Norway’s sovereign wealth fund plans to tie investment decisions to climate risk in the future.
Its original money came from oil and gas. But the Norwegian Government Pension Fund Global is now increasing its attention on the environmental impact of its investments.
Commonly known as the Oil Fund, Norway’s saving account holds shares, property and other investments worth NOK 12.2 trillion ($1.36 trillion) at the time of writing. The Fund manages Norway's profits from the licensing of oil and gas exploitation, and has enjoyed exceptional financial returns in recent years.
However, it said there are companies in its portfolio that aren't doing enough to cut emissions. The warning comes as Norway's government reassess the mandate given to the world’s biggest sovereign wealth fund.
A few years ago the Fund failed to win political approval to dump its entire portfolio of oil investments. Fund managers Norges Bank Investment Management still holds stakes in fossil-fuel giants including Exxon Mobil, Chevron and BP.
A green focus
A new government-commissioned expectation paper on biodiversity and ecosystems warns companies that environmental protection will be instrumental in future investment decisions.
The expert group recommended that Norway changes the mandate under which the fund operates to better handle climate risk. It comes amid increasingly alarming evidence that the impact of climate change is being felt much faster than previously feared.
More specifically, the Fund wants companies to assess their direct and indirect impacts on biodiversity and ecosystems when developing policies. They should also take a precautionary approach wherever there is a risk of significant biodiversity and ecosystem impact, states the paper.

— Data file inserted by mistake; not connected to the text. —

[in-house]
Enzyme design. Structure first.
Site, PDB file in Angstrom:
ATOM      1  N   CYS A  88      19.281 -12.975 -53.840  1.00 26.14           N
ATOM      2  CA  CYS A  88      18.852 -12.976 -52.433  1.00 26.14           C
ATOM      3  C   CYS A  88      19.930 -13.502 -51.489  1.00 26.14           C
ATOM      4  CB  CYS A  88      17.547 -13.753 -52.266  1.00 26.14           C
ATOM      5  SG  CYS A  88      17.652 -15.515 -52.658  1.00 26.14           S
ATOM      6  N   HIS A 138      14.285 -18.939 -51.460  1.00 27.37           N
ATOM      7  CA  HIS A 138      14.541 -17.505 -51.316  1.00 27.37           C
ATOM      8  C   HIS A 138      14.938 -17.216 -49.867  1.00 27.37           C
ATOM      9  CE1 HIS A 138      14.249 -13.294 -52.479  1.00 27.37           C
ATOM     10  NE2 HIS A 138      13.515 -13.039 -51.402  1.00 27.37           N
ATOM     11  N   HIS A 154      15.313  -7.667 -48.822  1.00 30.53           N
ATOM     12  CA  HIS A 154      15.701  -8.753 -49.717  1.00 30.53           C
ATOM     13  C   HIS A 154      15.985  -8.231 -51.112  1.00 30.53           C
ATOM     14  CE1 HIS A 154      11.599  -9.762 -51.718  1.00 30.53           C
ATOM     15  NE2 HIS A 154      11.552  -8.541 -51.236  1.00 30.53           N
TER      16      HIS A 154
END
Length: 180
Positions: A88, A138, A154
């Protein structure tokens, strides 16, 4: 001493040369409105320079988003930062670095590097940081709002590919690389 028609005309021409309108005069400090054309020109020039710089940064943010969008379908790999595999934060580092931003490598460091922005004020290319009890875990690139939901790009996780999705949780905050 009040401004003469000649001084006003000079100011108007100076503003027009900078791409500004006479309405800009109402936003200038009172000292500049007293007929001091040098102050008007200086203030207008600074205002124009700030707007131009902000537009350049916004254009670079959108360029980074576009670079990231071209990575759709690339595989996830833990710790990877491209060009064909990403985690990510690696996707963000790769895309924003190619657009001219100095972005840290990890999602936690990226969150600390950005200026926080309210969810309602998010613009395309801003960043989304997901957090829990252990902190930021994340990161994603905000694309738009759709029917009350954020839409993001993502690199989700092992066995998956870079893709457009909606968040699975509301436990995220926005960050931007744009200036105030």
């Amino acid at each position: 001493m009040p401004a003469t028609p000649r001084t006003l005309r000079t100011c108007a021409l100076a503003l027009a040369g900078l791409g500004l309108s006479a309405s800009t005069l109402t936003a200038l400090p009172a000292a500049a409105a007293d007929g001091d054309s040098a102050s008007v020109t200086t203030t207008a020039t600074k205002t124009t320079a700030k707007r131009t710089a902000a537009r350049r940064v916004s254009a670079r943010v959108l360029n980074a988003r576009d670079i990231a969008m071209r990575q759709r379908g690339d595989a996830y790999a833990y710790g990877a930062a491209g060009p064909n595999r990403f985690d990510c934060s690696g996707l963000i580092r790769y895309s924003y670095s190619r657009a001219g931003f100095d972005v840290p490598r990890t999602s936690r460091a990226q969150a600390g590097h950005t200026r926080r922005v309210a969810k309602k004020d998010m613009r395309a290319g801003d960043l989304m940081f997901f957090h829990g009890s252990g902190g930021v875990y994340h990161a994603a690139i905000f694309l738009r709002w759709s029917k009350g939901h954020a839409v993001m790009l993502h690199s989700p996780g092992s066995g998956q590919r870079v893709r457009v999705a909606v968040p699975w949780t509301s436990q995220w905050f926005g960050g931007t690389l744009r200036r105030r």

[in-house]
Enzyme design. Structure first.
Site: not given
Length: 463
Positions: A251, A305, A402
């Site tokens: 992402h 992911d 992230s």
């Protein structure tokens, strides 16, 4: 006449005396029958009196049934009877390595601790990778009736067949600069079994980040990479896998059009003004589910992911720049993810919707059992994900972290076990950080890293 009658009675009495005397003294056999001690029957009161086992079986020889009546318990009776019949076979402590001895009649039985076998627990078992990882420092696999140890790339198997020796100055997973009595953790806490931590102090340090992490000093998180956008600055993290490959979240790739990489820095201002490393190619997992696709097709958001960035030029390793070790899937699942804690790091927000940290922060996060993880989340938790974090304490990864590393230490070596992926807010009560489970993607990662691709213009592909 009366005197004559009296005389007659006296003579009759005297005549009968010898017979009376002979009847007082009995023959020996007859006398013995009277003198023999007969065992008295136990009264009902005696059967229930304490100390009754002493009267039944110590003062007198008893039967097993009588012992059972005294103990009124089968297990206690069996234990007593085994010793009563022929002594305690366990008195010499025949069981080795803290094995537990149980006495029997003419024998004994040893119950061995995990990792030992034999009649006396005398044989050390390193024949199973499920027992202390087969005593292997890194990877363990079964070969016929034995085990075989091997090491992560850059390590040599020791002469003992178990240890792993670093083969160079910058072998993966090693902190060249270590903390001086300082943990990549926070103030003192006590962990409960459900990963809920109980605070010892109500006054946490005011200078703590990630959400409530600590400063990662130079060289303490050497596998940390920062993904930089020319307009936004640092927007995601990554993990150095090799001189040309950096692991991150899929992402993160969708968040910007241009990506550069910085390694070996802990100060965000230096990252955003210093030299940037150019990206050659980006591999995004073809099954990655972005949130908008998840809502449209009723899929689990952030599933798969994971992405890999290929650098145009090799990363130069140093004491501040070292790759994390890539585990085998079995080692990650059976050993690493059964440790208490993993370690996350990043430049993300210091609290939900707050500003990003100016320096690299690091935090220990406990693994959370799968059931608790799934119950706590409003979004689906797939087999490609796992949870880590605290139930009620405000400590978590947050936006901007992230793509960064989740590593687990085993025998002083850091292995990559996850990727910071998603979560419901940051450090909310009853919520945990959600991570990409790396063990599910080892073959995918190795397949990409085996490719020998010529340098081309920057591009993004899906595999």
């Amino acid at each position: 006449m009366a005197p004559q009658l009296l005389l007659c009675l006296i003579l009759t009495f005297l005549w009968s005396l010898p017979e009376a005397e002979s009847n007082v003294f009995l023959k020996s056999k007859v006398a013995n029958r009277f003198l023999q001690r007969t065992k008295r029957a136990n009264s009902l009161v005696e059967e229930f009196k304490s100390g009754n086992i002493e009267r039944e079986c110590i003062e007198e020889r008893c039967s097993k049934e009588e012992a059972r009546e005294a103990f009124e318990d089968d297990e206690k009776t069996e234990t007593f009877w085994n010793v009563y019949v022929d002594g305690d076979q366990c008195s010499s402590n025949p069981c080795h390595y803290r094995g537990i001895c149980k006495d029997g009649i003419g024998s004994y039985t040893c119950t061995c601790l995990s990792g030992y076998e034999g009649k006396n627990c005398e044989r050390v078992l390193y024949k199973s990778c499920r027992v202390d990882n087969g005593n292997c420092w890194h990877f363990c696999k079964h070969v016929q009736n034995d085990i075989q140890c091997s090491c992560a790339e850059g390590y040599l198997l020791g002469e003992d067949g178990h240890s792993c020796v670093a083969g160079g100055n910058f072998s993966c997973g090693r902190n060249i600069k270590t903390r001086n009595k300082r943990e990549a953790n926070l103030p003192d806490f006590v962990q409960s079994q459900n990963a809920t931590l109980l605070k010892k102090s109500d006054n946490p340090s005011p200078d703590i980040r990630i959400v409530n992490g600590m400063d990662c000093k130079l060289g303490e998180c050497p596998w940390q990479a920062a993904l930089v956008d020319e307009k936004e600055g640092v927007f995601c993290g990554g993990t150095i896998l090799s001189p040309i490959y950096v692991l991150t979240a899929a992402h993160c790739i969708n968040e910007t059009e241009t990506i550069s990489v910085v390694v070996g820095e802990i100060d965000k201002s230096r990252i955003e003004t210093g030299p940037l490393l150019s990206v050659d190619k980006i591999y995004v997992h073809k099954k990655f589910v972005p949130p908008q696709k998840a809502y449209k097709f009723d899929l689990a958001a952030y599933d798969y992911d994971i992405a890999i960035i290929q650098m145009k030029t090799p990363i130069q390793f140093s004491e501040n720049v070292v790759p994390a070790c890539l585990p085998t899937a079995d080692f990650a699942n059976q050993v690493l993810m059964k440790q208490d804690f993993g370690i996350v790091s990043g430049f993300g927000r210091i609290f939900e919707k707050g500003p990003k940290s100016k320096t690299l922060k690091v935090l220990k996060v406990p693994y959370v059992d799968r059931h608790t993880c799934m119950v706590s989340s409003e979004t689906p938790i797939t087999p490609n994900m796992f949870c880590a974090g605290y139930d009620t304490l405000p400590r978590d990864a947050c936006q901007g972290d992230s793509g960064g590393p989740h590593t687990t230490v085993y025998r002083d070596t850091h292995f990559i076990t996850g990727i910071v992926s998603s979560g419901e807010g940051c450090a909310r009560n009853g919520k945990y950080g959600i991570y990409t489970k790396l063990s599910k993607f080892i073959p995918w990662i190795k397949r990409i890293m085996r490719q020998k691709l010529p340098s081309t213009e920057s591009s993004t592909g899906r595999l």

Read more: The First Battle for Oil in Norway
But it’s the disclosure requirements that are sure to interest environmental campaigners the most.
The Fund wants companies to disclose the material impacts of activities, products and services on biodiversity and ecosystems. They should also disclose the footprint of their main operations.
“An increasing loss of species and deterioration of ecosystems can affect companies' ability to create value for investors in the long term,” said Nicolai Tangen, CEO of Norges Bank Investment Management.
“Companies must therefore understand their dependency on and impact on nature, and handle both substantial challenges and opportunities through more sustainable use of ecosystems,” he added.
Investors vs. oil
Norway's wealth fund has started to take a more active role in the companies in which it invests. “We use the tools we have,” said Carine Smith Ihenacho, the Fund's chief corporate governance officer.
In May, Exxon failed to stop a revolt that handed board seats to an activist-focused investor group. Norway's wealth fund used its votes to demand more transparency from Exxon on political contributions to prevent lobbying on climate policies.
Previously, the Fund has said it wants its companies to have better gender balance on corporate boards. It has also begun to diversify away from bonds, equities and real estate into renewable energy investments.